As best be seen in FIG. 3, the hooked latch with ball lock sliding sleeve retainer presented as assembly 1 is shown in the locked position. In this position, the sleeve body 29 covers the hook opening 41, and balls 15 and 15′ are partially engaged into holes 20 and 20′ of sleeve 29, and hole 8 of body 2, thus locking sleeve 29 to body 2 from sliding. In this locked position, depression 27 is engaged in the lower end of slot 11, to prevent sleeve 29 from rotating when balls 15 and 15′ are depressed to slide the sleeve 29 to the unlocked position. The sleeve 29 must slide a distance “x” to uncover the hook opening 41 as seen in FIG. 6.
FIG. 4—Additional Embodiment
As best seen in FIG. 4, the latch is held in the closed position with locking balls 15 and 5′. This is accomplished with said compression spring 16 in hole 8 with balls 15 and 15′ placed on each end of spring 16. The balls 15 and 15′ are retained in said hole 8 by sliding said sleeve body 17 over said hook body 2 to align holes 20 and 20′ over balls 15 and 15′. Holes 20 and 20′ are designed to have a smaller diameter then the diameter of balls 15 and 15′ thereby maintain said spring 16 in the compressed position, locking the balls 15 and 15′ in holes 20 and 20′ thus locking sleeve 17 to hook body 2 preventing the sleeve 17 from moving.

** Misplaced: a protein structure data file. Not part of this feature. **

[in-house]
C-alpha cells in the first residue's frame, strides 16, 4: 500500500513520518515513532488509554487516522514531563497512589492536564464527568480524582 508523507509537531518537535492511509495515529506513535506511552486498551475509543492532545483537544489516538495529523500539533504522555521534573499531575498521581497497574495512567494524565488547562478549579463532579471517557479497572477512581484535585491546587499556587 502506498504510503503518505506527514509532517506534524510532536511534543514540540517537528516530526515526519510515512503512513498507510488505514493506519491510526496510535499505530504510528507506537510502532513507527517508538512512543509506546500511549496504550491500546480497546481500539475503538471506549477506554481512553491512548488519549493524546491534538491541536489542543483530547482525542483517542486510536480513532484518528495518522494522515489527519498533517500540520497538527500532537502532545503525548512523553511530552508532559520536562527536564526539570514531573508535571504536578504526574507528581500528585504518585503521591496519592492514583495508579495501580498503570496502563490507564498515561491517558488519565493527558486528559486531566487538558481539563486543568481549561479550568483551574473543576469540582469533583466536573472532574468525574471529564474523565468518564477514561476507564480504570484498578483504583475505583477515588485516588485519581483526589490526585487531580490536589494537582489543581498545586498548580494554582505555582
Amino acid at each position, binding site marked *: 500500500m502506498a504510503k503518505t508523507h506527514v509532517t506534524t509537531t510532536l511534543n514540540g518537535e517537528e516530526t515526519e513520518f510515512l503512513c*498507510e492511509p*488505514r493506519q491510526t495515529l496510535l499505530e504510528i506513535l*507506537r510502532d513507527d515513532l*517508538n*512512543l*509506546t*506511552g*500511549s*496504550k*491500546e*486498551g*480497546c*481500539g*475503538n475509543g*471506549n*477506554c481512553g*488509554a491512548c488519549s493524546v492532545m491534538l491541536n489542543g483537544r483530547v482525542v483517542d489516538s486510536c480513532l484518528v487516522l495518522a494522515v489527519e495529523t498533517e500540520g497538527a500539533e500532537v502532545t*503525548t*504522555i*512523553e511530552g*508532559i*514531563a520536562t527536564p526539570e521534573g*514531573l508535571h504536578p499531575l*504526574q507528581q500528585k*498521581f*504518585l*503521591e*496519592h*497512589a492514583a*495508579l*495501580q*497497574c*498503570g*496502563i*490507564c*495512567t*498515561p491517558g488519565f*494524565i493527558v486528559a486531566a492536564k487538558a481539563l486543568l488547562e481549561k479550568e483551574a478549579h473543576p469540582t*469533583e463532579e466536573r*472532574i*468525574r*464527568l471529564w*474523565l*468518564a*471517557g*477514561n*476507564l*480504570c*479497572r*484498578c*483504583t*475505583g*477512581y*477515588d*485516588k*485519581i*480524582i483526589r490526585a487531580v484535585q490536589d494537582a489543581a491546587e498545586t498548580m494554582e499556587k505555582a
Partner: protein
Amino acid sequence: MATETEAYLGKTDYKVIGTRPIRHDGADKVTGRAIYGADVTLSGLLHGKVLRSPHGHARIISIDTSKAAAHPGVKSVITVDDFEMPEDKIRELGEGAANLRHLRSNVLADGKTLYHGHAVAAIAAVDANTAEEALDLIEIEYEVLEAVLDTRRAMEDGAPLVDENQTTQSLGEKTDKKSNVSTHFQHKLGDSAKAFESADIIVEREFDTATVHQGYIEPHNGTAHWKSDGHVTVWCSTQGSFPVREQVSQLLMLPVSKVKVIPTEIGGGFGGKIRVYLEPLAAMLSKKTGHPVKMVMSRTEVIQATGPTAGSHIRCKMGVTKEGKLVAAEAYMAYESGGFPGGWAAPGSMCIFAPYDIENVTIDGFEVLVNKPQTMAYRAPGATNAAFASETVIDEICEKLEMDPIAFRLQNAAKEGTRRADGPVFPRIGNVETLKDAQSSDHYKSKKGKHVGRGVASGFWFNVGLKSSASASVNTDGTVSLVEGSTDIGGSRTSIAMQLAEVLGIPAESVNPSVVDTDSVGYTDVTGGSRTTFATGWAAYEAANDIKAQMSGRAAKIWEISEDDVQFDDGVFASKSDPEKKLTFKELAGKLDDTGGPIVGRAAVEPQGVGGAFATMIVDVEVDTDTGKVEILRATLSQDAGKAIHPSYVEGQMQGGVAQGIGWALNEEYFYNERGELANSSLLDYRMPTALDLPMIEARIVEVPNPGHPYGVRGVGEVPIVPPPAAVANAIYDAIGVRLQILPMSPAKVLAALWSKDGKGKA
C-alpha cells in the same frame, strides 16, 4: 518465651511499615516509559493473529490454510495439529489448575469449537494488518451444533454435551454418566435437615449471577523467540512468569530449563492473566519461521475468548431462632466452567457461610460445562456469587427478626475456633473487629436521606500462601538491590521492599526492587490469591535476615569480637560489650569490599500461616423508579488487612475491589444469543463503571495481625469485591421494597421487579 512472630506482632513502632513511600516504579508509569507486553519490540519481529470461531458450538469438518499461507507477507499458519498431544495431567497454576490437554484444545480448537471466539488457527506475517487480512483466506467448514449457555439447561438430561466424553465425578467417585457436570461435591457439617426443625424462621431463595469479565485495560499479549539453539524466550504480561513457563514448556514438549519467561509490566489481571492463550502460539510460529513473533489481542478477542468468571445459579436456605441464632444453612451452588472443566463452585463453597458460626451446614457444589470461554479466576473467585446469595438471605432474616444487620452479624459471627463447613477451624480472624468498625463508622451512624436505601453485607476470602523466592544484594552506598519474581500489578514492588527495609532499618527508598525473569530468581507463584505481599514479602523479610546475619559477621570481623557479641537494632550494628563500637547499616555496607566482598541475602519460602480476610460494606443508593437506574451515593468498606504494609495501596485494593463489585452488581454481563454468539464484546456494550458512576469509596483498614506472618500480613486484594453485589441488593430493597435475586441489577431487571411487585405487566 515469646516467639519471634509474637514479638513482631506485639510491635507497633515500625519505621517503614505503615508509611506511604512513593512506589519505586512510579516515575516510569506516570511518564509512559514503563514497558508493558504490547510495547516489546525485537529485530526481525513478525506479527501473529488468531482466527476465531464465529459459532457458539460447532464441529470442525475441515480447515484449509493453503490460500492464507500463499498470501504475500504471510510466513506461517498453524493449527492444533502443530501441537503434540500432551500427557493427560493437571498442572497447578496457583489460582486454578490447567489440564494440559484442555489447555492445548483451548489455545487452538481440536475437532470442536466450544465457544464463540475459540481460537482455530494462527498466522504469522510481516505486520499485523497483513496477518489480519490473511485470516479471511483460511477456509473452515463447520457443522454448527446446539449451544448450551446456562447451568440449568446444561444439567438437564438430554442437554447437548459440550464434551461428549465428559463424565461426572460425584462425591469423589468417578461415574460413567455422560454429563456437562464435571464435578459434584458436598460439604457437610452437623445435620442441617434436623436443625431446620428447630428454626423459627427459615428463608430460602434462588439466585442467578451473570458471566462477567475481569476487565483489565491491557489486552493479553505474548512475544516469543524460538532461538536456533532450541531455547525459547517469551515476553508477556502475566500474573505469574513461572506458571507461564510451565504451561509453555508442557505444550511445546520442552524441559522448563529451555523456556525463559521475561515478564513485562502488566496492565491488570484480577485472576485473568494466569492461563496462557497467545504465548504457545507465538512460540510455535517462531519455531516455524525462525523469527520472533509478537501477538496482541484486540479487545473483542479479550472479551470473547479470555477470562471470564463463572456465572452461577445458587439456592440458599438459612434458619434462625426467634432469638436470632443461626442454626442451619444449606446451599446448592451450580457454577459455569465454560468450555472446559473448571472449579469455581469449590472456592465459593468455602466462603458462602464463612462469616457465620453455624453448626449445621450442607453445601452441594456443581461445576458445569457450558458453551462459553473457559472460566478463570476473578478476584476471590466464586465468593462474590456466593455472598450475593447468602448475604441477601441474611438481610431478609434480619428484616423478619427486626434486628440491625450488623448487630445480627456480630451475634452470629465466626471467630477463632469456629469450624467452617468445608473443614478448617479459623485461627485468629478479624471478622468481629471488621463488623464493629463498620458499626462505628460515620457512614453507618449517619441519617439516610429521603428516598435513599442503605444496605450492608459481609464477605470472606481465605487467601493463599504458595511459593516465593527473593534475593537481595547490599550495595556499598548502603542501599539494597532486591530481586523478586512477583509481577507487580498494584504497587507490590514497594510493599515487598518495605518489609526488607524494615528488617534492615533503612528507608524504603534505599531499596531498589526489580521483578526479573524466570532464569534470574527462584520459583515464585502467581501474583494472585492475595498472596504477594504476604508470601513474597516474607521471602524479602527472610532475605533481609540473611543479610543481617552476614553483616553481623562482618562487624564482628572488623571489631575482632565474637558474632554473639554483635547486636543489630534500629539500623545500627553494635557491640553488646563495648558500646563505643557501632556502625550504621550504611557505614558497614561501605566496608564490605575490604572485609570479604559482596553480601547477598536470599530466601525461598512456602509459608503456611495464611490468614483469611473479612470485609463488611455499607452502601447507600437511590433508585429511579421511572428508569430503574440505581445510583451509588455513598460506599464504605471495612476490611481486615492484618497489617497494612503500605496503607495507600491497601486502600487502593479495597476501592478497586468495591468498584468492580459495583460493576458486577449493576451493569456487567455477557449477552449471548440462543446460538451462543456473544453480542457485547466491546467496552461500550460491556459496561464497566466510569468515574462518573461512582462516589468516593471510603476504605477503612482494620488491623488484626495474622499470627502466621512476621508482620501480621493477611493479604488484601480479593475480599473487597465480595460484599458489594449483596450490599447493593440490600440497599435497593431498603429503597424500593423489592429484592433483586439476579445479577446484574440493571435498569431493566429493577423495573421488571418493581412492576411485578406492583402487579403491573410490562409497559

As best be seen in FIG. 4, said bail link 32 is attached to the hook body 2 with shoulder bolt 35 screwed into threaded hole 14 at end of hook body 2. The shoulder bolt 35 is torqued so that the bolt shoulder contacts the top face 39 of hook body 2 to producing a gap 37 to permit the bail 32 to rotate freely about the center line 26, thus to prevent twisting of cable 40 as best seen in FIG. 1.
FIG. 5 and FIG. 5A—Further Embodiments
Best shown in FIG. 5, said latch assembly 1 is shown in the closed position with said dimple 27 depression shown retained and guided in slot 11. The dimple 27 depression is made with a punch to upset the metal into the slot 11 only after the latch assembly 1 is completed with balls 15 and 15′ locked into holes 20 and 20′. This assembly procedure insures a permanent engagement between the hook body 2 and sliding sleeve 17, by preventing the sleeve 17 from sliding off the hook body 2. The dimple 27 is retained in slot 11 from sliding by the slot end surfaces 12.